Wow, this is moving fast, I thought. After only twenty minutes or so I was up near the front. I pulled money out of my gym bag and tried to calculate how much I'd need before I got home, and I seemed to have enough for the poster (a magnificent shot of Zane doing a double biceps pose) if I ate really light all the way back to Solar Grove. Then I realized that I'd better formulate my questions; I was only two people back from the table.

"Hello, Mrs. Zane, Mr. Zane. How are you both doing?" I was all nervous smile when I got up to the table.

"Fine, thank you," they both answered at the same time.

"Uh, son, which one did you want?" the man in the red sport coat asked.

"Oh...uh, sorry, the poster please, sir." I handed him the money, in bills that I had worked from their former crumpled state into being flat, if still wrinkled. I just stood there smiling, frozen -- every thought had flown south for the winter.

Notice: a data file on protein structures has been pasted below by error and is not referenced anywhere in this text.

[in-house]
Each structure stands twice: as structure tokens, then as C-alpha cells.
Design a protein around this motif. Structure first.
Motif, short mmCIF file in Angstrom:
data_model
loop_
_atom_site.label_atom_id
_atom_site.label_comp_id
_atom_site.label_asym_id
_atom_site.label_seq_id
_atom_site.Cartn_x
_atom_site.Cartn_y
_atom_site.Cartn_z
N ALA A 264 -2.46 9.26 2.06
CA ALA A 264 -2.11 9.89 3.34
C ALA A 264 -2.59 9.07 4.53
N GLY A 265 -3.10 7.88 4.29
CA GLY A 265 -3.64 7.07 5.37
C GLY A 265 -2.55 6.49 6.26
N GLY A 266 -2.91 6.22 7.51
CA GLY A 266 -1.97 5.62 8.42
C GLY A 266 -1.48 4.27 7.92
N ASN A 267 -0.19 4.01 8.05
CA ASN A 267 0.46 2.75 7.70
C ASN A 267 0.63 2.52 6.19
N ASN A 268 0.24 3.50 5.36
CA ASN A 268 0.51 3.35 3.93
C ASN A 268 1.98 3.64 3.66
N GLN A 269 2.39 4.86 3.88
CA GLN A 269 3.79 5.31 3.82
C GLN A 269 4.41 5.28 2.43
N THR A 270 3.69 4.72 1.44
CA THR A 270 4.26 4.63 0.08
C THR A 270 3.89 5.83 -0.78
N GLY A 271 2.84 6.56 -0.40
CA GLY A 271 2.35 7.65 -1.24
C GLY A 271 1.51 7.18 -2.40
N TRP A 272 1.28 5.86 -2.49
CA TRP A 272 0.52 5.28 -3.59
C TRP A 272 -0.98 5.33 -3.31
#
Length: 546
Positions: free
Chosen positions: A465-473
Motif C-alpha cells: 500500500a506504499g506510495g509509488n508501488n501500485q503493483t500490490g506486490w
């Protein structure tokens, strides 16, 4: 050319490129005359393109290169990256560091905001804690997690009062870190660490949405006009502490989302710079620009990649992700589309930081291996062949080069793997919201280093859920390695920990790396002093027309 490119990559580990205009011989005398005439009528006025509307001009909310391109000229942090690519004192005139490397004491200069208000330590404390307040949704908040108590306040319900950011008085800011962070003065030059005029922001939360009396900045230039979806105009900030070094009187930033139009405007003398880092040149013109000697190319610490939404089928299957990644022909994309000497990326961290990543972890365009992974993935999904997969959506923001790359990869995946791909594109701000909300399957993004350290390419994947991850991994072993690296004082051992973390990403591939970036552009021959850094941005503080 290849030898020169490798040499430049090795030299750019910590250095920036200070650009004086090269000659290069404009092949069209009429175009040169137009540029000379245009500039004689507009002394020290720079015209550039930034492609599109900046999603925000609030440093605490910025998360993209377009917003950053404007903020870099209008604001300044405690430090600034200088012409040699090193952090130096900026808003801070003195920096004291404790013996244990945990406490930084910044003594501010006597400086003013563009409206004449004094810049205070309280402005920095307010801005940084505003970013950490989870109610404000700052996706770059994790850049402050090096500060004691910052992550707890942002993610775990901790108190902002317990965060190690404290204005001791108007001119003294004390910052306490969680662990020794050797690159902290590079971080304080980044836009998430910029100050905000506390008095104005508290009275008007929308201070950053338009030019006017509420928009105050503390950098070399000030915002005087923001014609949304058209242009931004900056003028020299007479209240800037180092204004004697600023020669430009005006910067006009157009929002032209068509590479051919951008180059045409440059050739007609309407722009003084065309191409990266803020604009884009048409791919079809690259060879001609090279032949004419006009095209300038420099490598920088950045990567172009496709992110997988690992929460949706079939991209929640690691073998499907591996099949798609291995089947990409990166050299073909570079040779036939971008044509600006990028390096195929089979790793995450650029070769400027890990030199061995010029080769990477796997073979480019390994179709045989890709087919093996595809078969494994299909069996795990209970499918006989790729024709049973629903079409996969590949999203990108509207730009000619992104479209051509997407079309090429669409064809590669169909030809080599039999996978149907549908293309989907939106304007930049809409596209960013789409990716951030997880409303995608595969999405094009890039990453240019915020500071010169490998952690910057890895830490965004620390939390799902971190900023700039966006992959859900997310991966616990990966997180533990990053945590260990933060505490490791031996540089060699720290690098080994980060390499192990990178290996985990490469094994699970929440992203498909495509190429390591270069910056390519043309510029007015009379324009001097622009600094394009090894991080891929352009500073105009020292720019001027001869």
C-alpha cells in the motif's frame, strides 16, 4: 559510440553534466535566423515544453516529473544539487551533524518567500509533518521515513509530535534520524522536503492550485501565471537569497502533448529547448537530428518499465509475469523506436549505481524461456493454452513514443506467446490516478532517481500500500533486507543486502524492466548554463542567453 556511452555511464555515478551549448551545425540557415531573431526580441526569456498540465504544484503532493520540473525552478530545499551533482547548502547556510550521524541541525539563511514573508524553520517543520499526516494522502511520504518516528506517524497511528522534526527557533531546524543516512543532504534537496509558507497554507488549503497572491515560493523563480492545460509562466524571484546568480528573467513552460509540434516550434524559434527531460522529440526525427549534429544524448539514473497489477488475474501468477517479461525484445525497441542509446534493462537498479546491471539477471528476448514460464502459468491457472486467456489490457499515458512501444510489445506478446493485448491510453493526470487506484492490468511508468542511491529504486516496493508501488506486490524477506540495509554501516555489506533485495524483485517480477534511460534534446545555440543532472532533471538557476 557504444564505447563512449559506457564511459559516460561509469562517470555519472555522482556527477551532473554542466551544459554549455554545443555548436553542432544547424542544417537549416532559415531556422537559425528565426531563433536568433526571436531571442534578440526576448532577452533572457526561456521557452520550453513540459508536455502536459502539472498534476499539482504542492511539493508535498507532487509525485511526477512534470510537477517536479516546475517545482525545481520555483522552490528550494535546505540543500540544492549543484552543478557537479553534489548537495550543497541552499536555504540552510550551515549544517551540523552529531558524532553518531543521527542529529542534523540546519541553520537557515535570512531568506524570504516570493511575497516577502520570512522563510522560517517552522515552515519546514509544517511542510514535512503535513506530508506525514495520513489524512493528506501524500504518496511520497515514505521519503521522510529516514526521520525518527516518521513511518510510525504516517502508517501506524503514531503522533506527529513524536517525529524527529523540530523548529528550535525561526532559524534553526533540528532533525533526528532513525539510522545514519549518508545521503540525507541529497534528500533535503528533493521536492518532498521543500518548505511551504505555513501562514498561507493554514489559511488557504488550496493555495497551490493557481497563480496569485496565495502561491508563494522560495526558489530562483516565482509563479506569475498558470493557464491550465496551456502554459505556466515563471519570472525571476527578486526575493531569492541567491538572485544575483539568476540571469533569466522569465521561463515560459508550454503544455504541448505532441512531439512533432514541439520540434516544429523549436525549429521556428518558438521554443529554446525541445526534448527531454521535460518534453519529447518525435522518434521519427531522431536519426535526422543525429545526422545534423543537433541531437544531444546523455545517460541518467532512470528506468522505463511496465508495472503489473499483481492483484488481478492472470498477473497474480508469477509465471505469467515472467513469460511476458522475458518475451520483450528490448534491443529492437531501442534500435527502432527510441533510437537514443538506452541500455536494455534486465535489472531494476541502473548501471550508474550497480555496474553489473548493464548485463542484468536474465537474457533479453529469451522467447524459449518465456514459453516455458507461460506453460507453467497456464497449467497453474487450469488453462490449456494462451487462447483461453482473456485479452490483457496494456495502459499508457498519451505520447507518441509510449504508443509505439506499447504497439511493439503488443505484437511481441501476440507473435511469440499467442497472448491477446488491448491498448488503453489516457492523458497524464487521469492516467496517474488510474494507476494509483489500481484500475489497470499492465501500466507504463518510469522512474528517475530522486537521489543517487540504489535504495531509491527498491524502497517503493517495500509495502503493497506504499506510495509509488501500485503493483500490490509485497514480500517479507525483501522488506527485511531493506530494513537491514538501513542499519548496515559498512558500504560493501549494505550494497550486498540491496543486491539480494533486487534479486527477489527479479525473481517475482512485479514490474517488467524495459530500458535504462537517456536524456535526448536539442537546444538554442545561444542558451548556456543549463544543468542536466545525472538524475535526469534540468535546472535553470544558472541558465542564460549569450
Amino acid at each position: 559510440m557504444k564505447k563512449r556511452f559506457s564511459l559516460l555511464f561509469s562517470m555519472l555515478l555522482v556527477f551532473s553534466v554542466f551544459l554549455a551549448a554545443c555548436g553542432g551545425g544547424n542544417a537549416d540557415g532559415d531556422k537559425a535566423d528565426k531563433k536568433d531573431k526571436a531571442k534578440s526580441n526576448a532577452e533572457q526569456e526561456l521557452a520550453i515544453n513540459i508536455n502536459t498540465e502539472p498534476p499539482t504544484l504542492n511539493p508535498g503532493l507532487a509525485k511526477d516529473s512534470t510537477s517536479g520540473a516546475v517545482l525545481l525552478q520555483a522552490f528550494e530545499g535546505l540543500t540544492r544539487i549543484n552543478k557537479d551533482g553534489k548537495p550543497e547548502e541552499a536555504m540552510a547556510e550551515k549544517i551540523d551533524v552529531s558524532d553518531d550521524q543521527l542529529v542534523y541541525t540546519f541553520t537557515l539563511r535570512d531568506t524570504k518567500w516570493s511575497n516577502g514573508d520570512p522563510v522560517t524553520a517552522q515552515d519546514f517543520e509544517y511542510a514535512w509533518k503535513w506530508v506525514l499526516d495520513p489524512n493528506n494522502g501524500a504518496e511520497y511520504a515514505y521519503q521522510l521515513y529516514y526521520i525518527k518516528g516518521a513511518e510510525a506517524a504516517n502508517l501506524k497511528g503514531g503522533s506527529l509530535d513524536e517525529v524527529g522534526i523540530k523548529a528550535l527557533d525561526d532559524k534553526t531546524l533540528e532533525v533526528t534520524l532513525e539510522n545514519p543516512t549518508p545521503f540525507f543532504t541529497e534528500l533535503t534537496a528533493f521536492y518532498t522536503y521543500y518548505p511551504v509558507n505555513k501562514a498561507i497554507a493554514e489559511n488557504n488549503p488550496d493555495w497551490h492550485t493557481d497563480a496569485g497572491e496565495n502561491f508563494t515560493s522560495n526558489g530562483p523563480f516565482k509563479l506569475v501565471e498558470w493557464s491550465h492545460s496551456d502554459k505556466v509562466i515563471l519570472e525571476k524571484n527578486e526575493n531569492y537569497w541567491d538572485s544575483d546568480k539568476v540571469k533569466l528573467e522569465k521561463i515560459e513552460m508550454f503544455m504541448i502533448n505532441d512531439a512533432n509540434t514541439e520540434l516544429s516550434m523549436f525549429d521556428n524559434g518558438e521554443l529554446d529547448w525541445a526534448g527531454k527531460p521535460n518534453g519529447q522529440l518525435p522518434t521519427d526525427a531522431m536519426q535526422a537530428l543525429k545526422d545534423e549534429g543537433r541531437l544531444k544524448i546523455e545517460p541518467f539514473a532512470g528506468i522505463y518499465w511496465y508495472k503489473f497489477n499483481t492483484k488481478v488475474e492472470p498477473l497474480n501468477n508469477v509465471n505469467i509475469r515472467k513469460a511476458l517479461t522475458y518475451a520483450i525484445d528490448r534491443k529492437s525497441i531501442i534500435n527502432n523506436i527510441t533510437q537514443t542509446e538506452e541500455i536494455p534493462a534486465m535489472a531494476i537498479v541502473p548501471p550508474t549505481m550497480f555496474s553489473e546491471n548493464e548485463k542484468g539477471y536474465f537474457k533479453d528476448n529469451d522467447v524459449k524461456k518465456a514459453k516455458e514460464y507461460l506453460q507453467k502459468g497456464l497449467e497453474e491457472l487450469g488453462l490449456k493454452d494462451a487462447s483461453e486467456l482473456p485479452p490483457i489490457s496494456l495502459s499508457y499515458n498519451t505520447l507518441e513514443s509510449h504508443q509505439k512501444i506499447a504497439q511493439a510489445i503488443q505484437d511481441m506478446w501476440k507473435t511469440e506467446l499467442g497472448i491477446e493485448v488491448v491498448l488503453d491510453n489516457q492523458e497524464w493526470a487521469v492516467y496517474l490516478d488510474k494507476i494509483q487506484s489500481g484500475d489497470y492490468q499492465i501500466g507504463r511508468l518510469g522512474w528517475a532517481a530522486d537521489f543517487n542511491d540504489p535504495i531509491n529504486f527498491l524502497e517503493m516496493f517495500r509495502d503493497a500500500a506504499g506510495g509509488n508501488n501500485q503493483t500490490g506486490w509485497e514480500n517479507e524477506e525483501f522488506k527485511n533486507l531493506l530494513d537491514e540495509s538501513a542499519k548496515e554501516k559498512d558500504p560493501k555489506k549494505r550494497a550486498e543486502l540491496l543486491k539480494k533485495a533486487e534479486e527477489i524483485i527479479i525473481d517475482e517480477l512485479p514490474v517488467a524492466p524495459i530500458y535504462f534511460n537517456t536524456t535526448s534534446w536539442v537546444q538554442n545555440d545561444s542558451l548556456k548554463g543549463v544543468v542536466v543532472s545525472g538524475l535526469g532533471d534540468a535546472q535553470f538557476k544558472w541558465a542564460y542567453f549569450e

"Who did you want this signed to?" Frank Zane asked me, looking up over the top of his wire-rim glasses. I could see the muscles of his forearms move as he rolled the pen between his fingers.

"Oh...uh...whoa...I...uh...um...just sign it to me...to...um, Bobby, please, Mr. Zane."

"There you are, Bobby." It was the first time a professional bodybuilder had said my name, and it was a two-time Mr. Olympia to boot -- yeeow. He stuck out his right hand, I looked at it for a couple of seconds, snapped out of it, and shook it.

"Thanks very much."

Christine smiled at me and said quietly, "Thank you."

I didn't move, but then the guy in the red coat said, "Sorry, son, but it's a long line."